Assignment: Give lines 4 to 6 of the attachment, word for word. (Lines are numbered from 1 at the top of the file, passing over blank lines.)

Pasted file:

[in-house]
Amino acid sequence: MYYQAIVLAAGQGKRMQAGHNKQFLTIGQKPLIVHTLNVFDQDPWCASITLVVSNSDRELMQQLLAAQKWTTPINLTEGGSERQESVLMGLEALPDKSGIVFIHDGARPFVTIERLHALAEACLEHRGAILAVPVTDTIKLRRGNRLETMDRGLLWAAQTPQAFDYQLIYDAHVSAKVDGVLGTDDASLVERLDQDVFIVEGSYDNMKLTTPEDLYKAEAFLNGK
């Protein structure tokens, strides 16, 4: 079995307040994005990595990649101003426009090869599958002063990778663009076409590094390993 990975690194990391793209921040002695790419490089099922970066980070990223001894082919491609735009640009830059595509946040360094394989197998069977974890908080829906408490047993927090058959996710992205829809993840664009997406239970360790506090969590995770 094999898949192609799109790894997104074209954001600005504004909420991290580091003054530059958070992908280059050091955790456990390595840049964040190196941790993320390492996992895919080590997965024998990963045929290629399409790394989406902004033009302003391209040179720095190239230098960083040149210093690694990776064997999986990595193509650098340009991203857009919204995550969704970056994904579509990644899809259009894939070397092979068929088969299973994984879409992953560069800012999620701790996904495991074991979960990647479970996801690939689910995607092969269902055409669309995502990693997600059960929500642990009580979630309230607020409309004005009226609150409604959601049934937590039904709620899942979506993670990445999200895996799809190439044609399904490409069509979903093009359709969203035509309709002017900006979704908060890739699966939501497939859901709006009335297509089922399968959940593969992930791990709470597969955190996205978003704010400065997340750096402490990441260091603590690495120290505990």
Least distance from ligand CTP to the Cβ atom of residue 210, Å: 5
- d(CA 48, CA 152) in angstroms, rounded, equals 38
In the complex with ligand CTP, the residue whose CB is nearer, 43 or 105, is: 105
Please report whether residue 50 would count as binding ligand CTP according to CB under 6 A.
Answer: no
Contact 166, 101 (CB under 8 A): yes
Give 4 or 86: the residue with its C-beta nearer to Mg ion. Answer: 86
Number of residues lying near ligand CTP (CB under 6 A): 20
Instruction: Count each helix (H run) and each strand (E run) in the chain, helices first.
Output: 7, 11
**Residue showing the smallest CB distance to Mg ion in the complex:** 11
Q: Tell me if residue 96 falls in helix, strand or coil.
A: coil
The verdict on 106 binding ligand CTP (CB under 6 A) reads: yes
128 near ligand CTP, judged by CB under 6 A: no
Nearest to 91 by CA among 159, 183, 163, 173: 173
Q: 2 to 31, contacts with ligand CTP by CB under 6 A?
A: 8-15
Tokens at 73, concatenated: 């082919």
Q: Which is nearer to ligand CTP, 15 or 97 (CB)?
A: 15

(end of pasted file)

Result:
Least distance from ligand CTP to the Cβ atom of residue 210, Å: 5
- d(CA 48, CA 152) in angstroms, rounded, equals 38
In the complex with ligand CTP, the residue whose CB is nearer, 43 or 105, is: 105